Drying Cherry Tomatoes

Update: If canning/preserving is your “thing” be sure to visit my new growing, canning, and preserving site at Seed to Pantry. I’ll be adding new canning/preserving tips and techniques on a regular basis!

If you have ever grown cherry tomatoes, you know that they can overtake your whole garden! As a glutton for punishment, this year I planted 4 (yes, 4) different kinds of cherry tomatoes. So I have about 10 cherry tomato plants. None of my other tomatoes are doing much this year, but the cherry tomatoes are growing like weeds. Luckily I love dried tomatoes. And no dried tomato is as sweet as a dried cherry tomato. In the past I dried paste tomatoes, but this year it’s cherry tomatoes only.

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I started with about 12 cups of tomatoes. As you can see here I have two kinds of red tomatoes, a yellow tomato and an orange tomato.  It’s simple to dry them. Just wash and cut in half.

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Place cut side down on the rack of an electric dehydrator. Twelve cups of tomatoes filled 3 racks. You don’t need an expensive dehydrator, but one that has a thermostat is best. Set the temperature to 140 degrees, cover, and let it do the work!

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Dry the tomatoes until they are hard and brittle. It took about 14 hours for this batch.

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This is the final product – about 3 1/2 cups of dried tomatoes. I will use them all winter in soups, pasta sauce, rice dishes, pasta dishes, rehydrated and used in salads, etc. They add a lot of sweet, summer tomato flavor that you just can’t get from a hot house tomato in the middle of January. Plus, dried tomatoes are easy to store and don’t take up much space. Dried tomatoes are a concentrated source of Vitamins A  and C and other anti-oxidants.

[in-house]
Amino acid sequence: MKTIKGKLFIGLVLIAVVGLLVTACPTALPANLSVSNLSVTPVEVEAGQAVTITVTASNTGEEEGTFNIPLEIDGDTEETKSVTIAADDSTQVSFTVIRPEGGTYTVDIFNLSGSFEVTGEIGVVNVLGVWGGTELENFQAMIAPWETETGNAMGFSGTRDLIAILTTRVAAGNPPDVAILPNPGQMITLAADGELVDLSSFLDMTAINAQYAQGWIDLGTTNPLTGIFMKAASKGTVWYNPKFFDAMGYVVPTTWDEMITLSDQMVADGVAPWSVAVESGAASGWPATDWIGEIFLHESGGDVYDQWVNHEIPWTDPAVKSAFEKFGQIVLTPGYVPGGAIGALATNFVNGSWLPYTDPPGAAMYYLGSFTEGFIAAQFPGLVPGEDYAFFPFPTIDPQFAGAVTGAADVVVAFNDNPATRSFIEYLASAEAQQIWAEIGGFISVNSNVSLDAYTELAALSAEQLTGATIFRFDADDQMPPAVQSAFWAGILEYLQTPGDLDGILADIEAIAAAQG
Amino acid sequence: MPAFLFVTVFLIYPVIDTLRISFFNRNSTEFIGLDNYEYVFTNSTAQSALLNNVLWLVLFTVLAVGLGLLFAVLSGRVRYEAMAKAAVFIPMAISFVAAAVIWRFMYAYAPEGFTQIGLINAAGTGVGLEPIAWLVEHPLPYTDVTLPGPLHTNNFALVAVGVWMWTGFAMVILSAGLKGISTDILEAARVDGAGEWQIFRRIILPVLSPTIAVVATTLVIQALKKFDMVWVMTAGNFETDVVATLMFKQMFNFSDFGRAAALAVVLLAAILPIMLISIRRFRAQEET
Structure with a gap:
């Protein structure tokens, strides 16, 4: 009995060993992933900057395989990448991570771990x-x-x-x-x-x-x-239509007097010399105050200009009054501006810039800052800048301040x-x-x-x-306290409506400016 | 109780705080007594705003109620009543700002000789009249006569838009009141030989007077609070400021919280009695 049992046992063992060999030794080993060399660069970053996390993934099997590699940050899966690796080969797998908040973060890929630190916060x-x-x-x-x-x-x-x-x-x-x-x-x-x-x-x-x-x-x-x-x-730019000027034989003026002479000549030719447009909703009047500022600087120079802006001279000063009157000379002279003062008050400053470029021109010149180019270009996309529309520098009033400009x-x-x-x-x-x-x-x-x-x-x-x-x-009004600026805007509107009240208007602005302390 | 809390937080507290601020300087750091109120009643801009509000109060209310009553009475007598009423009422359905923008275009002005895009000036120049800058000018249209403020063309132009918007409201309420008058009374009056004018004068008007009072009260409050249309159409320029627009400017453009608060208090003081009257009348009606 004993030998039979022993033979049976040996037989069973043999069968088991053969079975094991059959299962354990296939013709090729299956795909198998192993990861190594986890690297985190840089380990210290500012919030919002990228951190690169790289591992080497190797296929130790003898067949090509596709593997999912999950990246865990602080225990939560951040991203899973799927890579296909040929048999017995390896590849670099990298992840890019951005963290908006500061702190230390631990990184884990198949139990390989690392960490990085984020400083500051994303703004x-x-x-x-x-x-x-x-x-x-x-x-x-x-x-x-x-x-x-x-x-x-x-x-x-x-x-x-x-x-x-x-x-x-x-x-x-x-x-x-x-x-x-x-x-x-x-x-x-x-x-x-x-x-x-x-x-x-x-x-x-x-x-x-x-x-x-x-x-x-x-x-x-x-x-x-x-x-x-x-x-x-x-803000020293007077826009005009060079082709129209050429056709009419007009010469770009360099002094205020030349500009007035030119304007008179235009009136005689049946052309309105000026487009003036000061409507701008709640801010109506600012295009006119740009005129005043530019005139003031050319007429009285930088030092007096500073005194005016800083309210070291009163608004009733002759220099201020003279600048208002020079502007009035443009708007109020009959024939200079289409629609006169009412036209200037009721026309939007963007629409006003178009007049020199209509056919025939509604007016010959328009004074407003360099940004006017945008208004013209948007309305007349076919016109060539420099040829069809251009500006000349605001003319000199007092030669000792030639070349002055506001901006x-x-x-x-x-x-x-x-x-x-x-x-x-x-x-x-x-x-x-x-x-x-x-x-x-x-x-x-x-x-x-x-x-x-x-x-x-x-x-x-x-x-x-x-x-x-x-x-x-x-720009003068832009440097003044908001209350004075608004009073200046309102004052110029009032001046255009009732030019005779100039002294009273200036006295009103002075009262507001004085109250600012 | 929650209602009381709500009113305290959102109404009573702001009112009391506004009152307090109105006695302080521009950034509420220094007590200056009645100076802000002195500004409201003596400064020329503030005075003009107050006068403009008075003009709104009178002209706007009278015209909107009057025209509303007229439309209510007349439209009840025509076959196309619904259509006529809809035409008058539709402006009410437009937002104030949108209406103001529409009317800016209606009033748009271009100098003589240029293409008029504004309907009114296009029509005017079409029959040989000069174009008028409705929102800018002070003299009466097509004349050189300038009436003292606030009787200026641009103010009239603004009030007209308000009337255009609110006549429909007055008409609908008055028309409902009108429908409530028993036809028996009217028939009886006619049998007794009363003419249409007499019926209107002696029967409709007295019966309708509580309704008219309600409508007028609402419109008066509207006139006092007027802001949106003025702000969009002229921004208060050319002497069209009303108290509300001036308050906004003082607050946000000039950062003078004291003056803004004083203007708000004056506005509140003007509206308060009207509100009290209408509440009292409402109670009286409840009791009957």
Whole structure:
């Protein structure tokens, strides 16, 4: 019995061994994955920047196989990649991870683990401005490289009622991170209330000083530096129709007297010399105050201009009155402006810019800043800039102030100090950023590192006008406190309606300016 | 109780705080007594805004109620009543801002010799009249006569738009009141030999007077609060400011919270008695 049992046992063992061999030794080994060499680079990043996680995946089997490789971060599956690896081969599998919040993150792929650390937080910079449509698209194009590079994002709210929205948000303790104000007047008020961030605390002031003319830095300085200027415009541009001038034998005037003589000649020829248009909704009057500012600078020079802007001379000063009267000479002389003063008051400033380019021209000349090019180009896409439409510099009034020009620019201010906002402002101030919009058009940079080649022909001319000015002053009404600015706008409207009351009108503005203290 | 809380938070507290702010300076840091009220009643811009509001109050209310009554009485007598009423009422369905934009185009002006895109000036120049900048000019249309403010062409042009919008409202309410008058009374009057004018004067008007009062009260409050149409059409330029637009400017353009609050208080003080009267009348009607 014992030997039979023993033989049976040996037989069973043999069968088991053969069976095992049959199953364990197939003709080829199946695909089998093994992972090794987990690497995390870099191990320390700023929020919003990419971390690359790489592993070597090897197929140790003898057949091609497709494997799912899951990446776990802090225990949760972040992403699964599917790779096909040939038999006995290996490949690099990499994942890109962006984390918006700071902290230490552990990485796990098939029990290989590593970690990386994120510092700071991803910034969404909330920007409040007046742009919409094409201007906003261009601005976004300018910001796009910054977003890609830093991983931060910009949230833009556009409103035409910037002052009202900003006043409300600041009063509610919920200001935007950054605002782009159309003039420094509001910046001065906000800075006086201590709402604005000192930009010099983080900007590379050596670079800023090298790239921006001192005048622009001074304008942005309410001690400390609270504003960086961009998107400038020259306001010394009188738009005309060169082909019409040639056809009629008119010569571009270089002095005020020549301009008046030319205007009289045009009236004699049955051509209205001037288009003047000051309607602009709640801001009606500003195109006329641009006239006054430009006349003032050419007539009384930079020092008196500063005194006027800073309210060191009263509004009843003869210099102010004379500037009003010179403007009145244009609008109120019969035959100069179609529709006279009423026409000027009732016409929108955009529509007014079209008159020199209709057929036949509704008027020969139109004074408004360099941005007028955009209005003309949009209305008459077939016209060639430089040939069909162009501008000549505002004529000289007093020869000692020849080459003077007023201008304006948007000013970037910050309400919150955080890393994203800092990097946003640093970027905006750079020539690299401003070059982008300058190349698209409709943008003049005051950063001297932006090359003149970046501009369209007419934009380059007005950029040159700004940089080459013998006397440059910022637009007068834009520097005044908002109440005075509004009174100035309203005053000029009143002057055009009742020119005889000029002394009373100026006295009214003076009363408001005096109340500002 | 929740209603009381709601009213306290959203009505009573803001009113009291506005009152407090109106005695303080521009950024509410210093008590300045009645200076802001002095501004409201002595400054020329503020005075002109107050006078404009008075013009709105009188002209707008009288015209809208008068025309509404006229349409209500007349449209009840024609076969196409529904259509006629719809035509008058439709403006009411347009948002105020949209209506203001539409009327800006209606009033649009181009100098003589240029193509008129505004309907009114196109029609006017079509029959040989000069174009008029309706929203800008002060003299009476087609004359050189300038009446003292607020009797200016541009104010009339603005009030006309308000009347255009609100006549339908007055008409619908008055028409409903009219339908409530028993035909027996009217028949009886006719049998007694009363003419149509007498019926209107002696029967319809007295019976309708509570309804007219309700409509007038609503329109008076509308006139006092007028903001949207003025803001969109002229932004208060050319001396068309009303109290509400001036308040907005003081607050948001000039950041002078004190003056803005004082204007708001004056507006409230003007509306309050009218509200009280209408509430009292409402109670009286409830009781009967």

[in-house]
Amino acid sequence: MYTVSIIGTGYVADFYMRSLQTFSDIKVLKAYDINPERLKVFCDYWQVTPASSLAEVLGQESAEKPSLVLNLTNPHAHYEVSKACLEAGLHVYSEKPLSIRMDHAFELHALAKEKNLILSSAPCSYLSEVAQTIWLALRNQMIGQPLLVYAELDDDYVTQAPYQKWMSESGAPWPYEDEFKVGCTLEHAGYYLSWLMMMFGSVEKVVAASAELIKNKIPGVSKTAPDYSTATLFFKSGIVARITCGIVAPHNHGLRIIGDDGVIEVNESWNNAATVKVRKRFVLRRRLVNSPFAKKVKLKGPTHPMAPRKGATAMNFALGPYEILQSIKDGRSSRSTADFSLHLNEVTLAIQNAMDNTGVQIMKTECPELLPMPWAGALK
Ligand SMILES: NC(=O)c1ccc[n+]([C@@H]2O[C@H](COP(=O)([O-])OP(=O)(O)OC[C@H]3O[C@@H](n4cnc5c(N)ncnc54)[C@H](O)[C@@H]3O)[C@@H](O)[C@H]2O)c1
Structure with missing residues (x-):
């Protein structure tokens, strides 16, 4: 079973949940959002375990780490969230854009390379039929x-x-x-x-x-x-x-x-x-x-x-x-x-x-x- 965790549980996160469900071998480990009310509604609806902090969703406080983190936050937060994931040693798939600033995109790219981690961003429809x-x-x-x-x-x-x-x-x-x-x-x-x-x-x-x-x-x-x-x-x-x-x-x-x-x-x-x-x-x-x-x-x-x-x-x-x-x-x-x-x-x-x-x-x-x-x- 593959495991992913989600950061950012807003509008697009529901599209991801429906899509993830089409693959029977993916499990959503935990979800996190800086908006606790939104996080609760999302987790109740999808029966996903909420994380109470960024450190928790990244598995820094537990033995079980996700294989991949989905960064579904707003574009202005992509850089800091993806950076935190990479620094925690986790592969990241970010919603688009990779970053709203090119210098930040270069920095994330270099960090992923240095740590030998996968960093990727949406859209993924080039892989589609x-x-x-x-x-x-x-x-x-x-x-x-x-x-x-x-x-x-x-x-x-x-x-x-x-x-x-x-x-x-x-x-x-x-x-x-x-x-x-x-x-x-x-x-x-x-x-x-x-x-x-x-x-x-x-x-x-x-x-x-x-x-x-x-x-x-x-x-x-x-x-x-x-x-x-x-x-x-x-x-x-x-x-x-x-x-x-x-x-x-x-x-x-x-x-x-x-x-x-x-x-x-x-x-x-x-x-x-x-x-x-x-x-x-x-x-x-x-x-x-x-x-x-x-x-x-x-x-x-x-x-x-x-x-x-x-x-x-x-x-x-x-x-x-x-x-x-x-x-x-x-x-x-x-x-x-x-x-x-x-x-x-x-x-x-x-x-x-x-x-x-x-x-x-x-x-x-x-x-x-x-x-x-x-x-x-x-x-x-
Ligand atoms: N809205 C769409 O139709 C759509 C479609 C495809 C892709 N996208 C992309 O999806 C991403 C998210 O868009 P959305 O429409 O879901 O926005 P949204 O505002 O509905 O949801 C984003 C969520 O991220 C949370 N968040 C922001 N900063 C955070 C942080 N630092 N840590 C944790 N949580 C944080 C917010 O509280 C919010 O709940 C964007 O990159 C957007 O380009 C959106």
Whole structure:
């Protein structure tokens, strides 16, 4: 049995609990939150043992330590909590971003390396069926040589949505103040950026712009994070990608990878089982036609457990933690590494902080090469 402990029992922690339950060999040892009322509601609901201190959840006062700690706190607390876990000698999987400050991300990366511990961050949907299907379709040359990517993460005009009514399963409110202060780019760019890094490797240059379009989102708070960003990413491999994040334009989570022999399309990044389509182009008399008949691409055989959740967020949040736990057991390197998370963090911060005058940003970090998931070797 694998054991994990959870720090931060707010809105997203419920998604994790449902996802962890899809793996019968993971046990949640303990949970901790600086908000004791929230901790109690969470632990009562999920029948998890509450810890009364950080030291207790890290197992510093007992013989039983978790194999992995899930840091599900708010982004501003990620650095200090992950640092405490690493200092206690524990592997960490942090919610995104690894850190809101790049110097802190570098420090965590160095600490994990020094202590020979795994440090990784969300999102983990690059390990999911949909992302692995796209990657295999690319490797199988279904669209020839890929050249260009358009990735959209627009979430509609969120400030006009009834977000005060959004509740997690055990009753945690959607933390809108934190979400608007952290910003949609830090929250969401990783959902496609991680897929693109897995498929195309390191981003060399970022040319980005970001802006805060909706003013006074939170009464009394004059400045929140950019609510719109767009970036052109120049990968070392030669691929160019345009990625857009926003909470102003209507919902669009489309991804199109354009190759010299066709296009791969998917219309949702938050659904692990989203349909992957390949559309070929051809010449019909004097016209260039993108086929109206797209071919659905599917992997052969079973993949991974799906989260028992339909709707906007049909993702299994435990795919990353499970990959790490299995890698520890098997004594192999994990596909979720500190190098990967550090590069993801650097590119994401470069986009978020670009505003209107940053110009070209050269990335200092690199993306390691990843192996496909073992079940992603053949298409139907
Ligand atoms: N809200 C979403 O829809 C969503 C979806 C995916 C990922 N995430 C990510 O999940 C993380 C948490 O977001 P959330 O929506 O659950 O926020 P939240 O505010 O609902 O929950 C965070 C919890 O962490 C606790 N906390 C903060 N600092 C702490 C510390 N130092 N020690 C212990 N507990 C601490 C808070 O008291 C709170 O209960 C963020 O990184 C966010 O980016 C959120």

Tips: Dried tomatoes made at home will not be soft and pliable like the kind you buy at the grocery store. Purchased dried tomatoes are treated with a preservative to prevent mold – yours are completely natural! However, if you like a softer dried tomato, underdry them a bit and store in the freezer.

The most difficult part of the whole process is cutting the tomatoes in half. Some books recommend steam blanching tomatoes before drying. My question is “why”? Tomatoes are such little powerhouses of nutrients that they really don’t need to be blanched, but do make sure that you wash them first.

Drying your own tomatoes saves money! If you love dried tomatoes like I do, you know how expensive they are to purchase. I figure that I save about $100 each year just by growing and drying my own tomatoes.

It is not possible to safely can dried tomatoes in oil at home. If you want to underdry sliced tomatoes and store them in oil, keep them in the freezer to prevent bacterial or mold contamination.

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About the Author

Renee Pottle, an author and heart-healthy educator, loves to explore and write about the Mediterranean Diet. She blogs at SeedToPantry.com and HestiasKitchen.com.

Comments (2)

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  1. supperclubstories says:

    Oh my gosh, I’ve never tried cherry tomatoes before. All I’ve done is heirloom, and don’t ask me what kind it is. But these look delicious. I will make a mental note to plant them next year, and let’s see how much more my balcony can take–

    • Hans, I love heirloom tomatoes too! Since cherry tomatoes are “meatier” you end up with more tomato after the drying process. And you can never have too many tomato plants – think of them as a decorative element 🙂

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